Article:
Several research projects have been completed in recent years. Working collaboratively with the University of Michigan, the MDEQ have produced: Cumulative Impacts of Structures and Recurve Spit Dynamics at Tawas Point; Numerical modeling of shore-parallel structures; Identification of Offshore Erosion and its Correlation to Bluff Recession; Numerical Groin Model: Coastal Monitoring Program; A Predictive Tool for Determining Shoreline Erosion; Effects of Wave Energies on Lake Pentwater and Macatawa; and Review Criteria for Shore Protection Structures.

These studies have examined the impacts of shore protection structures on erosion and bluff recession rates, increased the understanding of recession rates as they vary with Lake Water Levels and the type of shore environment (natural, unstructured coasts to highly developed structured coasts). These efforts include the periodic monitoring of survey profiles along the coastlines of Lake Michigan and Huron, which provide information on nearshore profile changes that accompany fluctuations in Great Lakes water levels. The results of this work are culminating in the establishment of guidelines for the placement of shore protection structures on the Great Lakes and inland lakes of Michigan.

Michigan ranks second in the nation in the number of second homes, making its coastal region particularly vulnerable to the conversion of agricultural and forested land to residential development. The 2001 Assessment gives a thorough and well-written analysis of regional characterization of the conversion of agricultural land to other uses for the southeast Lower Peninsula, central and southwest Michigan, northeast Lower Peninsula, and northern Lower Peninsula. It reports a common pattern of 'hotspots' of increased development.

The Detroit District of the Army Corps of Engineers has a website with information on Shoreline and Lakebed Erosion.

The Army Corps of Engineers also maintains a Website on Great Lakes water levels.

General Erosion Data Resources

The Heinz Center's Evaluation of Erosion Hazards, conducted for the Federal Emergency Management Agency (FEMA), studied the causes of coastal erosion hazards and proposed a variety of national and regional responses. The study, published in April 2000, concentrates on the economic impacts of erosion response policies as well as the cost of erosion itself to homeowners, businesses, and governmental entities.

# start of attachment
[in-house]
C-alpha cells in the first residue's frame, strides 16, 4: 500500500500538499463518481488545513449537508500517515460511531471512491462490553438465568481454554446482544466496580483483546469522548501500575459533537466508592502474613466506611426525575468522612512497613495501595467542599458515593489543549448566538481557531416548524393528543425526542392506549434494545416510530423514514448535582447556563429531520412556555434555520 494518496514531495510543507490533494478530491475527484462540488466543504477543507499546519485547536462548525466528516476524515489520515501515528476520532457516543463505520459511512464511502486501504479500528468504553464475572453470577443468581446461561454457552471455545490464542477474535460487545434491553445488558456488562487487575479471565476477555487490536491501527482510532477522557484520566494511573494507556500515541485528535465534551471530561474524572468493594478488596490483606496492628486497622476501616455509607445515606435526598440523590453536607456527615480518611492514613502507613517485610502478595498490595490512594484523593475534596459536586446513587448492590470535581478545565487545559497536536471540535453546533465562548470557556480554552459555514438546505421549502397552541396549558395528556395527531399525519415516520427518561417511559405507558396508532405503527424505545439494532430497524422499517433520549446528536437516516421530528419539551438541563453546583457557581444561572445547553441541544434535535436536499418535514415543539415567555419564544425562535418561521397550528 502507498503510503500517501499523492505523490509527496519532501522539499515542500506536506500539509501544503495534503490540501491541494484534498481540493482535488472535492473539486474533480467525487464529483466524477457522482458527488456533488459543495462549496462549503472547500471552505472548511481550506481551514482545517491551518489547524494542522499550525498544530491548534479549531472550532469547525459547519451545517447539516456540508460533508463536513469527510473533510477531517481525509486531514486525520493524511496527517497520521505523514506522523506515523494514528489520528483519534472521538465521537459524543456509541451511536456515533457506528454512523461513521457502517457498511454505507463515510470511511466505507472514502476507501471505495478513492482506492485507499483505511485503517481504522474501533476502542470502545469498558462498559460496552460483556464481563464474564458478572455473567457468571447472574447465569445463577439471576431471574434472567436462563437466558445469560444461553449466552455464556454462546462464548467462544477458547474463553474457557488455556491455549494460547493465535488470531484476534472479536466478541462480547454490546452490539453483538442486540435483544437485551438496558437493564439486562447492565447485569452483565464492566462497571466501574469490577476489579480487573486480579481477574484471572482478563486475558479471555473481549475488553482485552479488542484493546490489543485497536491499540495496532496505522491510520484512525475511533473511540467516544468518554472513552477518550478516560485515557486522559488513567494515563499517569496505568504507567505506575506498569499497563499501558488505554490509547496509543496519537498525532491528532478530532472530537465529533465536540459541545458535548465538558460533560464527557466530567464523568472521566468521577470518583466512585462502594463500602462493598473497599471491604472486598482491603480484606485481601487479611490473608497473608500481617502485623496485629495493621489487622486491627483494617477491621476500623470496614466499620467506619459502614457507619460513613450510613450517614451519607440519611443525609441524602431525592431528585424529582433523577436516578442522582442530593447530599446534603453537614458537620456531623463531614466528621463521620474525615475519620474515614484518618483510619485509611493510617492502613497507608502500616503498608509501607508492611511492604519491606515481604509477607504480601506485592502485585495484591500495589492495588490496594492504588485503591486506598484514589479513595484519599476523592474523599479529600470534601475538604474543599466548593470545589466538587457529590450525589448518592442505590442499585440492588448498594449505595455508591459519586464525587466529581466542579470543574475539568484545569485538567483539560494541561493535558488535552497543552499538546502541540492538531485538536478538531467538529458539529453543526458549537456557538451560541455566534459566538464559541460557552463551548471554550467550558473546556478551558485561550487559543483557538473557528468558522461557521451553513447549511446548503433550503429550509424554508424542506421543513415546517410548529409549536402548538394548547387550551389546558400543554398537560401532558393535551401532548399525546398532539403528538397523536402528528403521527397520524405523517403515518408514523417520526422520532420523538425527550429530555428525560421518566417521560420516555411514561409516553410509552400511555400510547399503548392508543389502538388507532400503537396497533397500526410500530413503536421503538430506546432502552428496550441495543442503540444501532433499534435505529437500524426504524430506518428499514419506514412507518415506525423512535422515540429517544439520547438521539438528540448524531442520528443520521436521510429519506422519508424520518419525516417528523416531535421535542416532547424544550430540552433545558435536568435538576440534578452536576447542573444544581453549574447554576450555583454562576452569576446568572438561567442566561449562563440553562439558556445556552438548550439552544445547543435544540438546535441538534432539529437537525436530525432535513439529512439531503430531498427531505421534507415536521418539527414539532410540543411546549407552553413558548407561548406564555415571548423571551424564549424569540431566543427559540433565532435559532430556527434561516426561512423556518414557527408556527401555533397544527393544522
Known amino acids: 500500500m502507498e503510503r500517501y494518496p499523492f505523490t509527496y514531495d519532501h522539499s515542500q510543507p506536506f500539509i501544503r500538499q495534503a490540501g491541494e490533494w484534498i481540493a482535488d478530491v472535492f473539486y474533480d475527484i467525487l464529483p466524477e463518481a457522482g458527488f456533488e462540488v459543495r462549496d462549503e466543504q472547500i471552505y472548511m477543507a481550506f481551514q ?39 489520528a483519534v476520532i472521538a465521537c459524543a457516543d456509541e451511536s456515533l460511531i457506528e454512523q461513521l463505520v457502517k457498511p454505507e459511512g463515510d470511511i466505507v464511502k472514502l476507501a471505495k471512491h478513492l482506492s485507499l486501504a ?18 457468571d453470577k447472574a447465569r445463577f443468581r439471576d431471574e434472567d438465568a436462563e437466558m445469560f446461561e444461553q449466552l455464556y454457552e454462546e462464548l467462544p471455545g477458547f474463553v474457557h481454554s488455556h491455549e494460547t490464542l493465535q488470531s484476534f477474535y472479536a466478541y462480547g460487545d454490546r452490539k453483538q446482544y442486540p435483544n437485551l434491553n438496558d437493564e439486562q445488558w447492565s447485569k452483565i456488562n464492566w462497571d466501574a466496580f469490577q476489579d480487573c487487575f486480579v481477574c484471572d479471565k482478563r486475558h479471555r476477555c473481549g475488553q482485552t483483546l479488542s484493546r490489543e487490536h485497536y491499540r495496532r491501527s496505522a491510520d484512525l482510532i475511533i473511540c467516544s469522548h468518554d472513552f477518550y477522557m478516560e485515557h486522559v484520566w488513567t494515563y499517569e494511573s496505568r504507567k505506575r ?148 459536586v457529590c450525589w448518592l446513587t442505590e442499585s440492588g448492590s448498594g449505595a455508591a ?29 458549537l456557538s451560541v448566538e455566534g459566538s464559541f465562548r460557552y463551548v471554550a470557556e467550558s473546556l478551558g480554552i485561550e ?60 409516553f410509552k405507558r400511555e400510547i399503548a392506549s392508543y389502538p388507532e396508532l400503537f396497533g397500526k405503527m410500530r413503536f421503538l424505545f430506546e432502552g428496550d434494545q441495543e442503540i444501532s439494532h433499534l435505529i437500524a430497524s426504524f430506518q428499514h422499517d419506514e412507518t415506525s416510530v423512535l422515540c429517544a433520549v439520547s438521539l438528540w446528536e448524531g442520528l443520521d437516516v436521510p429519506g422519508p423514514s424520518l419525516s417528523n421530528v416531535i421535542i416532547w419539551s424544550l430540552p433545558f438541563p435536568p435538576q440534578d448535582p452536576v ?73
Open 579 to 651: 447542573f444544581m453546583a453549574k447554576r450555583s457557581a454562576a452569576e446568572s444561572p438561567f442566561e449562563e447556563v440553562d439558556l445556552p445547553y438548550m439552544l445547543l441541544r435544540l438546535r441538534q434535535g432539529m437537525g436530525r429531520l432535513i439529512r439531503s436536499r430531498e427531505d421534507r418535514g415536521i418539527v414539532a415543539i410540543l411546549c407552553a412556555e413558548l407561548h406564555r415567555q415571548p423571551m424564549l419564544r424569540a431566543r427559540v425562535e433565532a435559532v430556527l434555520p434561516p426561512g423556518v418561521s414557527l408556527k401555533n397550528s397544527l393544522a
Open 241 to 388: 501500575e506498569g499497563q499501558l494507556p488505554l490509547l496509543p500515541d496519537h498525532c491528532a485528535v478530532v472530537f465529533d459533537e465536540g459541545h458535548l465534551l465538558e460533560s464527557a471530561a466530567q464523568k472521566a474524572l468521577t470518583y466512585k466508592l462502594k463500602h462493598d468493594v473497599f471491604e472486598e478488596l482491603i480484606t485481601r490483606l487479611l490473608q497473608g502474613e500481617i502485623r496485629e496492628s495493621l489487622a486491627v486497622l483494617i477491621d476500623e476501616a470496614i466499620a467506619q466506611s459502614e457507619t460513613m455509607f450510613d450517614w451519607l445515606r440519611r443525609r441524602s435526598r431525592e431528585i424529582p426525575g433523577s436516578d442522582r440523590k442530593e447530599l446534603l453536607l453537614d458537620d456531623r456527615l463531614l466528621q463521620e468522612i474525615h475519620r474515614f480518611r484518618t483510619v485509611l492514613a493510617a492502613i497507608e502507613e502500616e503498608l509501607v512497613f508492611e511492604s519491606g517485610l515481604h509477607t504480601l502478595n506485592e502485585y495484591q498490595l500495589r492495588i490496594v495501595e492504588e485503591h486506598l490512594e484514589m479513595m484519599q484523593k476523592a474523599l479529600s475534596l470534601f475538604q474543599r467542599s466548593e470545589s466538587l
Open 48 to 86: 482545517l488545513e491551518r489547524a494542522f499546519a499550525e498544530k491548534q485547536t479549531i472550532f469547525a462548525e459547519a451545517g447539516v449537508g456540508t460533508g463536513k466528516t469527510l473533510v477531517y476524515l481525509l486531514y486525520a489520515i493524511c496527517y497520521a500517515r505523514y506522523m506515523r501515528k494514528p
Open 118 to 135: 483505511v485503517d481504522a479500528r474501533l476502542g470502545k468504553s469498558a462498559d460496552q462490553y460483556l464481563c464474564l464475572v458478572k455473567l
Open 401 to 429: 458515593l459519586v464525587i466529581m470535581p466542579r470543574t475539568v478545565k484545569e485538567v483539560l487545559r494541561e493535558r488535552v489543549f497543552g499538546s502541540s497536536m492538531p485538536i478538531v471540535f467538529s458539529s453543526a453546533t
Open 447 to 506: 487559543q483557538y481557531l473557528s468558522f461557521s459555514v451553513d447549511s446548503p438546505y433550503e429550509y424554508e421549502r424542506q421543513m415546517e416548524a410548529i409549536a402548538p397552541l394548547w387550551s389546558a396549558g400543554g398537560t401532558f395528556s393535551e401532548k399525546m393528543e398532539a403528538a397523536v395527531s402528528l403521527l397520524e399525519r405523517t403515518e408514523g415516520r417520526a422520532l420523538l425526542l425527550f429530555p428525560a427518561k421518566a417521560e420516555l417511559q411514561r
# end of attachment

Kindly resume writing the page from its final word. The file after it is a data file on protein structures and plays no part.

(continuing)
A NOAA website that has graphs of sea level data for many coastal locations around the country over the last 40 to 50 years and projections into the future is Sea Levels Online.

NOAA Shoreline Website is a comprehensive guide to national shoreline data and terms and is the first site to allow vector shoreline data from NOAA and other federal agencies to be conveniently accessed and compared in one place. Supporting context is also included via frequently asked questions, common uses of shoreline data, shoreline terms, and references. Many NOAA branches and offices have a stake in developing shoreline data, but this is the first-ever NOAA Website to provide access to all NOAA shorelines, plus data from other federal agencies. The site is a culmination of efforts of NOAA and several offices within NOS (including NOAA’s Coastal Services Center, National Geodetic Survey, Office of Coast Survey, Special Projects Office, and Office of Ocean and Coastal Resource Management) and other federal agencies to provide coastal resource managers with accurate and useful shoreline data.

A related site launched in 2008 is NOAA Coastal Services Center's Digital Coast, which can be used to address timely coastal issues, including land use, coastal conservation, hazards, marine spatial planning, and climate change. One of the goals behind the creation of the Digital Coast was to unify groups that might not otherwise work together. This partnership network is building not only a website, but also a strong collaboration of coastal professionals intent on addressing coastal resource management needs. Website content is provided by numerous organizations, but all must meet the site’s quality and applicability standards. More recently, NOAA Coastal Services Center has developed a Sea Level Rise and Coastal Flooding Impacts Viewer as part of its Digital Coast website. Being able to visualize potential impacts from sea level rise is a powerful teaching and planning tool, and the Sea Level Rise Viewer brings this capability to coastal communities. A slider bar is used to show how various levels of sea level rise will impact coastal communities. Completed areas include Mississippi, Alabama, Texas, Florida, and Georgia, with additional coastal counties to be added in the near future. Visuals and the accompanying data and information cover sea level rise inundation, uncertainty, flood frequency, marsh impacts, and socioeconomics.

Erosion Contact Info

Martin Jannereth
Land and Water Management Division
Michigan Department of Environmental Quality
P.O. Box 30458
Lansing MI 48909-7958
(517) 335-3458

Hazard Avoidance Policies/Erosion Response

See the Erosion Response section.

State of the Beach Report: Michigan